Red Hat Enterprise Linux is the OS many organizations turn to for a supported Linux distribution. In recent years, Red Hat has been aggressive with its support of new architectures. For many years 64-bit ARM support on Red Hat Enterprise Linux has been in a development preview status for years.
The ARMv8-A architecture has become increasingly popular with alternative vendors such as Cavium and Qualcomm. Both companies are building high-end 64-bit ARM servers that have the Intel Xeon line squarely in their crosshairs. At the 2017 Supercomputing conference, there is an enormous Cavium ThunderX2 presence in booths. The bottom line is: 64-bit ARM chips are on the fringes of being mainstream. While the hardware has been capable, the software ecosystem has been an asterisk.
In mid-2014 Red Hat announced an early access program for RHEL and ARM. Many of the companies in that announcement have changed. The AMD Opteron A1100 was a failed product. AppliedMicro has seen its X-Gene line transacted multiple times without gaining significant market traction. Broadcom exited the high-end ARM server business although that effort had direct impacts on the Cavium ThunderX2 we are seeing at the show. ThunderX may be the most successful ARM server chip brand since that Red Hat announcement in 2014.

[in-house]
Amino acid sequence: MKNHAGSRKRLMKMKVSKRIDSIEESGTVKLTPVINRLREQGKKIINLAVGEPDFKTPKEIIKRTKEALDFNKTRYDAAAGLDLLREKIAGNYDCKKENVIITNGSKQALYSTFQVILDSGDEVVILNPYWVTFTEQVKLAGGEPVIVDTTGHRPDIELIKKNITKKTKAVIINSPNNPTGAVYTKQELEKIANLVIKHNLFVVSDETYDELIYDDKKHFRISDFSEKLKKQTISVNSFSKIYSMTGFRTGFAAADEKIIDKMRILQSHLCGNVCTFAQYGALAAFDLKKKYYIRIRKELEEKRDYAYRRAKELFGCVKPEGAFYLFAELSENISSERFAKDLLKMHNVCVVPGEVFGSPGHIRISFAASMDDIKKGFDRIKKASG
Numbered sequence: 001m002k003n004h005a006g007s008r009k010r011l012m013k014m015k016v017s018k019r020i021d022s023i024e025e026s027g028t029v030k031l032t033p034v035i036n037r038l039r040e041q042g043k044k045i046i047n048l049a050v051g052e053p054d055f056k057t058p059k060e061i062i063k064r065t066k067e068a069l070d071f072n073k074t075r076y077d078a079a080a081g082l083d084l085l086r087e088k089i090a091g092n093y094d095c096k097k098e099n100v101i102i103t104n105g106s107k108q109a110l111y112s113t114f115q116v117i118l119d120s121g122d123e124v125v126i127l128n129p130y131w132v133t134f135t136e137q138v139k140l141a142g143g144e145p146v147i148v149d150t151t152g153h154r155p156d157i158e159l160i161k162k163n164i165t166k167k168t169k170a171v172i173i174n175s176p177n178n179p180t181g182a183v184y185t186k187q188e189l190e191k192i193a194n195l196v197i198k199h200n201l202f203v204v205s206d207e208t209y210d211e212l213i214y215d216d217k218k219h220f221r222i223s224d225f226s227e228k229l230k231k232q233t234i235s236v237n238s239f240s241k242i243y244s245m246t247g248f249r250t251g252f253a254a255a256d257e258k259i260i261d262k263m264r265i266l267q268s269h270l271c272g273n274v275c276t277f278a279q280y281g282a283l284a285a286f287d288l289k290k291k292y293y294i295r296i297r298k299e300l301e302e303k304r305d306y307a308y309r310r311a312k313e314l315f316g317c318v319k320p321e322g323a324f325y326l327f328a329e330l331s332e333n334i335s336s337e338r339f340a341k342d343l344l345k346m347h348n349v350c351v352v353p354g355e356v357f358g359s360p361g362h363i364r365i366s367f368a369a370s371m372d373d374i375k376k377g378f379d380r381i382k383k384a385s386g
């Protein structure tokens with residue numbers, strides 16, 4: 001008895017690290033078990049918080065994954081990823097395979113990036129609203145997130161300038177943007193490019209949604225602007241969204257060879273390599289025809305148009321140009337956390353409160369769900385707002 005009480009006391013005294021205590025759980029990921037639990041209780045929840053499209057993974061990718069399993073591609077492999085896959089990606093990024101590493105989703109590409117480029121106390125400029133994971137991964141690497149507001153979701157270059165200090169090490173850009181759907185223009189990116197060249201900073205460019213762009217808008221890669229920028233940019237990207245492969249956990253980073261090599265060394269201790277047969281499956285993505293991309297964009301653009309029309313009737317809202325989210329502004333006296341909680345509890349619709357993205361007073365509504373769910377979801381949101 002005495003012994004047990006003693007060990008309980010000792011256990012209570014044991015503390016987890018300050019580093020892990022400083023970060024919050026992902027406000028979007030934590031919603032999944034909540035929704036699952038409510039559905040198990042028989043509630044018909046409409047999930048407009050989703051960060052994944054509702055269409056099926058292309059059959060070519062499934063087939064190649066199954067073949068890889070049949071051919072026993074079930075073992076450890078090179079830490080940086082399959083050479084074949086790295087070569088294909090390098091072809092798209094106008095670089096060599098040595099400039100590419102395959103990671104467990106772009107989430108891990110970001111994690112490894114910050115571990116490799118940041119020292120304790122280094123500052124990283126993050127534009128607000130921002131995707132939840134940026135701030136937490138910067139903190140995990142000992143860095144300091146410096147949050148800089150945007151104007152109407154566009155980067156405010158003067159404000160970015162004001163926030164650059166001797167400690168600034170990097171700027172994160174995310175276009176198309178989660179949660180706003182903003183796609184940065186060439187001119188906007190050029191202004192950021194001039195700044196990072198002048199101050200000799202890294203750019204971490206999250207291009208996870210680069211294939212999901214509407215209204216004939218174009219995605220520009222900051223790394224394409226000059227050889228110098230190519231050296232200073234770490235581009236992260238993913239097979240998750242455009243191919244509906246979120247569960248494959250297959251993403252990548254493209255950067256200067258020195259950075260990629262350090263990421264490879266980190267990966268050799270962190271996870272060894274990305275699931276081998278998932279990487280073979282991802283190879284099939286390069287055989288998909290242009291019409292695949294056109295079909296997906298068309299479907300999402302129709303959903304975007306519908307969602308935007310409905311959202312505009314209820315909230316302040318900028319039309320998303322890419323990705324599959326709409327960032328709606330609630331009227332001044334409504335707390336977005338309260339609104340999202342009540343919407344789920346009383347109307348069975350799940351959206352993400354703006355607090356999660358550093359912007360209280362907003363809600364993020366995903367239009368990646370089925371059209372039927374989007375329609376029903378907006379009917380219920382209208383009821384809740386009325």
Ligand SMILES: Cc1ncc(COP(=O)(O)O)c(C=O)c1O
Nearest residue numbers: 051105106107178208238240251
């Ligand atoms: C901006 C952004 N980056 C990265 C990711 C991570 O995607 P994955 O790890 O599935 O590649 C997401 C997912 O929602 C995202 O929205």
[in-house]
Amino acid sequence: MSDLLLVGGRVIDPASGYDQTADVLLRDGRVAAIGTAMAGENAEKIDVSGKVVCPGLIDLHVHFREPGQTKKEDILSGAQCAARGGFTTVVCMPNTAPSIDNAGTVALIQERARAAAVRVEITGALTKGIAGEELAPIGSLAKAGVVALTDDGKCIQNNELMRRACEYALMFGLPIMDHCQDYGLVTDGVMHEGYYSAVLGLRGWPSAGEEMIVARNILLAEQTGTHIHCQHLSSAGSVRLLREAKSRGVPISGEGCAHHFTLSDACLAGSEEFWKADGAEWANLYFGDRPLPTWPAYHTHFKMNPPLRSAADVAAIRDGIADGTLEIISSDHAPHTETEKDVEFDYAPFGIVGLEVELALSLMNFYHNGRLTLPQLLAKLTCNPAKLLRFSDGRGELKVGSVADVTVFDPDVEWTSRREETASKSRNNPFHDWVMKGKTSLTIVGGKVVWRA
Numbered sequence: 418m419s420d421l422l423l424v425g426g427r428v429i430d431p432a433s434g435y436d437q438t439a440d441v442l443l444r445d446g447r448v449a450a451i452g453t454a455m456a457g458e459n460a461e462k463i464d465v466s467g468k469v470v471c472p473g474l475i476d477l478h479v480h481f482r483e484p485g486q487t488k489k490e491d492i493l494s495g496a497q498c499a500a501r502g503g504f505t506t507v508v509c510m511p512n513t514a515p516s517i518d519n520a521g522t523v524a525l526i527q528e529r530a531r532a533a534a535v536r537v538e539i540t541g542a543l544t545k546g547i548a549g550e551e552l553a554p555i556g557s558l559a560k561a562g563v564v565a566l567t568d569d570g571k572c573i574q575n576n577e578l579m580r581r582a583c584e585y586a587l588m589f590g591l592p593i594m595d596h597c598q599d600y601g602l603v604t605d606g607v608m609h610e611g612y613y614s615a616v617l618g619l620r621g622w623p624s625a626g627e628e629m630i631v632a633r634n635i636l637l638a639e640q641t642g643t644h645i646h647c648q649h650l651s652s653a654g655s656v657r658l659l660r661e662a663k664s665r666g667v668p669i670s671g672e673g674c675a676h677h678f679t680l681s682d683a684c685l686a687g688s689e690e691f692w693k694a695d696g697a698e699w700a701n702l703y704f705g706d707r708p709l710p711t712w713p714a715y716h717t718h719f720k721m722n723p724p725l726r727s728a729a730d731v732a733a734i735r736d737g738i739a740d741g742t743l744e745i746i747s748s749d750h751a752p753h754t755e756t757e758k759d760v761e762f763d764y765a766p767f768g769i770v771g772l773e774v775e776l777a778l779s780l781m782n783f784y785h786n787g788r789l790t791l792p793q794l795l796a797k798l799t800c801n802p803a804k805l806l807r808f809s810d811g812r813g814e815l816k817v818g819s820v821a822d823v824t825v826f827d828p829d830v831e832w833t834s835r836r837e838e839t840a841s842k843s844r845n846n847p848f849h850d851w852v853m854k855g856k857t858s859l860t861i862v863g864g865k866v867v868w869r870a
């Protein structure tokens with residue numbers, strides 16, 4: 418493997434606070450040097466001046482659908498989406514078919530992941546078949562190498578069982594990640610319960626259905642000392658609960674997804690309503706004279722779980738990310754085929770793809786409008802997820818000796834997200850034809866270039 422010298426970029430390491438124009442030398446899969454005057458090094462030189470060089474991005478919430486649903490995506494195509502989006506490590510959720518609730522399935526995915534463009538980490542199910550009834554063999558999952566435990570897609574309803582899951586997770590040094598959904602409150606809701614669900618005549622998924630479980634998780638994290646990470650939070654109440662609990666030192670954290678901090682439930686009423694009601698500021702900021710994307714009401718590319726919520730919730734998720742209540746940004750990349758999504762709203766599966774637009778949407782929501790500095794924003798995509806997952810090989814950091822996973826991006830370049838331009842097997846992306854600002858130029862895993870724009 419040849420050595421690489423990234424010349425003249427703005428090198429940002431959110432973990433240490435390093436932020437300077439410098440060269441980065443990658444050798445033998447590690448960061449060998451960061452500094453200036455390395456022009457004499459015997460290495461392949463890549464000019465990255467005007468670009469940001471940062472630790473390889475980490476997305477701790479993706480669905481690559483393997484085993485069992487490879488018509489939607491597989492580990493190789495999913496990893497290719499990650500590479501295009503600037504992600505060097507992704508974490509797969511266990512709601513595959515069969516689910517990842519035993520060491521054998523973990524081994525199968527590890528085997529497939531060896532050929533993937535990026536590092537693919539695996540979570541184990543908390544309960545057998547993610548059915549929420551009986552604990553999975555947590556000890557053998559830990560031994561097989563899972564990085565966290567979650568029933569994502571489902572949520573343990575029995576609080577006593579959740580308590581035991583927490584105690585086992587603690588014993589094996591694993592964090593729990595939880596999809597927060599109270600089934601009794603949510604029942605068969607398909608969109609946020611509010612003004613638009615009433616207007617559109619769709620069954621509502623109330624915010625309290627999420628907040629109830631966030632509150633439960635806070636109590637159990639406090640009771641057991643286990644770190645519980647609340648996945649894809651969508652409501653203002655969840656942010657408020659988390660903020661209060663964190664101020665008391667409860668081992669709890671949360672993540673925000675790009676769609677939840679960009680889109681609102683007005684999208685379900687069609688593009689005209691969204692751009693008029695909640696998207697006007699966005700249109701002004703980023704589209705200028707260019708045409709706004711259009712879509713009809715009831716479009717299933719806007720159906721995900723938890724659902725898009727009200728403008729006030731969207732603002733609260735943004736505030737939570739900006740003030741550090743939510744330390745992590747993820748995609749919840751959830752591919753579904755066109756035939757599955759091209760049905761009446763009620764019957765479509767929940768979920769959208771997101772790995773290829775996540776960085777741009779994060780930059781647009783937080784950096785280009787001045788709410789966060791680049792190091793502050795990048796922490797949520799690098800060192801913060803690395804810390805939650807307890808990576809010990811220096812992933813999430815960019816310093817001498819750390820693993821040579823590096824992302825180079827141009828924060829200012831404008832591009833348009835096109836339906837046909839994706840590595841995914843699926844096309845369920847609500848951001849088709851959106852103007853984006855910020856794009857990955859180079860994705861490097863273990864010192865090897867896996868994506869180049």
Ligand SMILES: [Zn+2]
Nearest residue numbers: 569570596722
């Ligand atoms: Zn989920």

Starting in mid-2016 and now in 2017, the ARM server platform has become much stronger. We are seeing more tools available in standard repositories. We are also seeing more binaries compiled and with a higher optimization level than we saw previously. Container ecosystems, such as Docker now have more images tagged for aarch64 use. The software ecosystem has been growing.
With today’s announcement, the immensely popular Red Hat Enterprise Linux 7.4 is supported on ARMv8-A architectures. No longer is it a development preview. Instead, you can purchase ARM server hardware, install Red Hat and purchase support for the configuration. In the enterprise server world, Red Hat is a leading OS which makes this an important milestone for the ARM server community and will certainly help drive adoption of alternative architectures such as ARM.
You can read more on Red Hat’s announcement here.